Disgraced doctor sues Westword

A disgraced pediatrician has sued Westword for defamation, accusing the alternative weekly of harming his reputation in a June 2014 story about a notorious Denver paramour with a taste for tall tales.

Louis C. Hampers, the former head of pediatrics at Children’s Hospital Colorado, who pleaded guilty in 2011 to writing bogus prescriptions to feed his drug habit, sued Westword last week over the 2014 article about his former fling, Sandy Ebersohl.

Hampers says in the suit that the June 2014 article about Ebersohl repeated claims about him that she made up years before, harming his reputation.

Ebersohl was a key source in a 2010 Westword exposé about Hampers that focused on his erratic behavior toward the women he dated. The story was later taken offline after the magazine began to doubt Ebersohl’s credibility.

Hampers, who is represented by the law firm Sherman & Howard, asks in the case for Westword to take down sections of the 2014 story and for monetary damages.

Hampers had until June 18 to file a complaint about the most recent Westword article, according to Colorado statute.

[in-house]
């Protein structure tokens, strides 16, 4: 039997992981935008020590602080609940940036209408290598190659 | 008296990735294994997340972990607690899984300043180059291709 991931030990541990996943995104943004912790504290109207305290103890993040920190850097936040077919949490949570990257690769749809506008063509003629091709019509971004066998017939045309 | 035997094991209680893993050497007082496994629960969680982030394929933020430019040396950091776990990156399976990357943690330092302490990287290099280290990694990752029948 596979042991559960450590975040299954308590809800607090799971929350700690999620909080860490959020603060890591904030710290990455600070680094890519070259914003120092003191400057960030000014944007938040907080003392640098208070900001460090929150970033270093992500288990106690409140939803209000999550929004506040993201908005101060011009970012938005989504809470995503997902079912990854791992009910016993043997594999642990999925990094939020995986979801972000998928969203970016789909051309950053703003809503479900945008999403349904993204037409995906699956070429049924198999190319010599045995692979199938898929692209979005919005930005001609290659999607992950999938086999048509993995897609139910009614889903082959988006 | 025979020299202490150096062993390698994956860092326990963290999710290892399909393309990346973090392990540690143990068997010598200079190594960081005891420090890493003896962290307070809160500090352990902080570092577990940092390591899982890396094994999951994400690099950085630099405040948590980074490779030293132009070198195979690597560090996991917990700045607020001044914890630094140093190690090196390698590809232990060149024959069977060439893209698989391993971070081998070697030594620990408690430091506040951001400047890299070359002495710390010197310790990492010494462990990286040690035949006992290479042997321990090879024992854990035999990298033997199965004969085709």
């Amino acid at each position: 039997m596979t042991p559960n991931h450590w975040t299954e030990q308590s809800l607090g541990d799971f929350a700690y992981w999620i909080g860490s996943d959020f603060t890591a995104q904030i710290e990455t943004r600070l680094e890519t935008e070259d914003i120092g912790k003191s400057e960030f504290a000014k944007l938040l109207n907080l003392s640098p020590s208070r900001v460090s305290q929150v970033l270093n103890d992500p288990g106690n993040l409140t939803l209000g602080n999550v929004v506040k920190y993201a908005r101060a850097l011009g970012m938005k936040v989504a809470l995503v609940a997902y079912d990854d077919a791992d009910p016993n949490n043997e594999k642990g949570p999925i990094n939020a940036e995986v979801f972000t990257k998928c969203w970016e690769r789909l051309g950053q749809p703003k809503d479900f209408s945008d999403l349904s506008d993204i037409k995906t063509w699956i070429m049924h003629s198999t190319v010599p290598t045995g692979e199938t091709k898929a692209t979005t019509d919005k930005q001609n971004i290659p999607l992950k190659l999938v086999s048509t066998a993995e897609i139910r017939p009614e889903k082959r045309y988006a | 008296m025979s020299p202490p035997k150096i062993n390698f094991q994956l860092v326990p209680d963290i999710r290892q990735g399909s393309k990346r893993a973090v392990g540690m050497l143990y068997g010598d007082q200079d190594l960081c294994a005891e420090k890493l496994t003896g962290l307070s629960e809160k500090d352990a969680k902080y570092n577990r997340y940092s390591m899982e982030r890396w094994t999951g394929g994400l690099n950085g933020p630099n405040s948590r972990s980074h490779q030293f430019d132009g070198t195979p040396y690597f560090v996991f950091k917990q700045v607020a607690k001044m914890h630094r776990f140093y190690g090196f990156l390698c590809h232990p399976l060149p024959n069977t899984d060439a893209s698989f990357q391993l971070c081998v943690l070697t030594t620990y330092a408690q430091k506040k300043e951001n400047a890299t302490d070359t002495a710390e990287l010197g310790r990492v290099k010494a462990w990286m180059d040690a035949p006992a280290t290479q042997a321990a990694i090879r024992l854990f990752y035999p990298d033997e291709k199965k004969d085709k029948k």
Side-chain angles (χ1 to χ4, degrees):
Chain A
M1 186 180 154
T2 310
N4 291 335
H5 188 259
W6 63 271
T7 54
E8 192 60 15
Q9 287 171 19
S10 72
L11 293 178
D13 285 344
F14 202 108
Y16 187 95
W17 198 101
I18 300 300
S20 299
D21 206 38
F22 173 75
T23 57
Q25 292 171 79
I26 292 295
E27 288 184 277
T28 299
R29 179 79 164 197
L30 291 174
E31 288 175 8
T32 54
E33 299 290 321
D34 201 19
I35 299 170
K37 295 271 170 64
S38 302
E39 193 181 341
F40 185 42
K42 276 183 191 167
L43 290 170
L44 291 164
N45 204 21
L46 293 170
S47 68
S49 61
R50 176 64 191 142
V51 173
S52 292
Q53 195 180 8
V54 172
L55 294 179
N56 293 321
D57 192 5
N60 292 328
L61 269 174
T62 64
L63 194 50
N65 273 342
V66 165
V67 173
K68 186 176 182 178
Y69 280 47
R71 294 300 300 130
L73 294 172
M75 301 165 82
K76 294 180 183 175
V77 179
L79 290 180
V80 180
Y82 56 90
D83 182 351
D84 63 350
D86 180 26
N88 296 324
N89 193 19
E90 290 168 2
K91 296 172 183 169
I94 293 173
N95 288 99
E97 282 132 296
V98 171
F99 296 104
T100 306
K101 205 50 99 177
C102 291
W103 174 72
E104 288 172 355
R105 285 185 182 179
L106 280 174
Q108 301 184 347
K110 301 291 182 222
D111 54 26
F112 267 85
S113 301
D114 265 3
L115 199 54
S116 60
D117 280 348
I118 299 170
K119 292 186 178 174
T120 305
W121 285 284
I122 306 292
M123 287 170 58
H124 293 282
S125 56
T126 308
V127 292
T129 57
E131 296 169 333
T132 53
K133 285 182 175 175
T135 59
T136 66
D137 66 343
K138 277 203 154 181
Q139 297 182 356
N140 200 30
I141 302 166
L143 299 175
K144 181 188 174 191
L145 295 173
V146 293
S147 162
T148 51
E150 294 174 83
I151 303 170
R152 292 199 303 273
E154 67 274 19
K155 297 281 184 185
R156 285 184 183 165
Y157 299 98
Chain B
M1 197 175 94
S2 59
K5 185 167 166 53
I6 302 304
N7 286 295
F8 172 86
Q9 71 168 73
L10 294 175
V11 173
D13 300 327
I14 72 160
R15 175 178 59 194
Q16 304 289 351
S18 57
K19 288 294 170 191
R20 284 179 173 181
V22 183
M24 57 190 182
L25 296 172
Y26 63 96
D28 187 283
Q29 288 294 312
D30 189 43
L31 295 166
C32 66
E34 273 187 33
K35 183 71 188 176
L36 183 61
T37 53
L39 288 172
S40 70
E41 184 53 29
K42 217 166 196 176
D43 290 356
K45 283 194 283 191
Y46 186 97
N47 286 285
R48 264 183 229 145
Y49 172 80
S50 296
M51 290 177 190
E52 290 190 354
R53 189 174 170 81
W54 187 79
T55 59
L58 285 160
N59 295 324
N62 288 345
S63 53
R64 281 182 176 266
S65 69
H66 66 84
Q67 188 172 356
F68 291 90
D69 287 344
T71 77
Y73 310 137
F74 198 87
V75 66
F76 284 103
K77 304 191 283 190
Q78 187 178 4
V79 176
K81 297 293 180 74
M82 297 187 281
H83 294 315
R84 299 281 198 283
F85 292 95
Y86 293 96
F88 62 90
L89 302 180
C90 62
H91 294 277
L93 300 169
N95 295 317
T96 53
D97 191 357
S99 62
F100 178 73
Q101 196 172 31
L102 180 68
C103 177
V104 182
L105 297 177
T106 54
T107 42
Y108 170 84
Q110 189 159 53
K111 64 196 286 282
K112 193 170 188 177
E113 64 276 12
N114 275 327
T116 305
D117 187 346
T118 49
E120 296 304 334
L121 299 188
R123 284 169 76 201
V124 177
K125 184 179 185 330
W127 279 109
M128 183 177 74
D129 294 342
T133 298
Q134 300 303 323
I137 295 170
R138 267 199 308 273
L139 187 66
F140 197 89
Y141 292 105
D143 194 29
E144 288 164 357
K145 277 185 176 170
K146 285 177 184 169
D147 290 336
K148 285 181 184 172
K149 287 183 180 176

Westword's office sits at 969 Broadway. Photo by George Demopoulos.

Westword’s office sits at 969 Broadway. Photo by George Demopoulos.

Sherman & Howard did not respond to several calls and emails seeking comment.

The June 2014 Westword article focuses on Ebersohl’s history of harassing former love interests and making false reports to the police. The article claims Ebersohl and Hampers met via an erotic website. And it states that the information Ebersohl gave Westword for the 2010 story, including copies of incriminating emails allegedly between her and Hampers, may have been fabricated.

According to the suit:
“The June 2014 article, both the printed and online versions, not only described the defamatory June 2010 article, but actually repeated some of the defamatory statements, including the accusation Dr. Hampers stole Ebersohl’s seizure medication, damaged her property, and offered Ebersohl $2,000 to lie for him as a witness at a court proceeding.”

Westword Editor Patricia Calhoun declined to comment on the lawsuit, citing company policy regarding open court cases.

In 2011, Hampers pleaded guilty to 14 of 641 counts of filling false prescriptions for painkillers and other drugs over a three-year period by using fake names and fake prescriptions. He was sentenced to five years of probation, lost his license to practice medicine and was fired from his post as the head of Children’s Hospital Colorado’s emergency room.

He told investigators at the time that he took about 19,000 pills.

Hampers, who attended the University of Pennsylvania for medical school and for an MBA, was also involved in a civil lawsuit in 2011 when then-9News reporter Deborah Sherman sued him for defamation and inflicting emotional distress. Sherman alleged that Hampers harassed her after she refused to go on a second date with him. That case was settled out of court.

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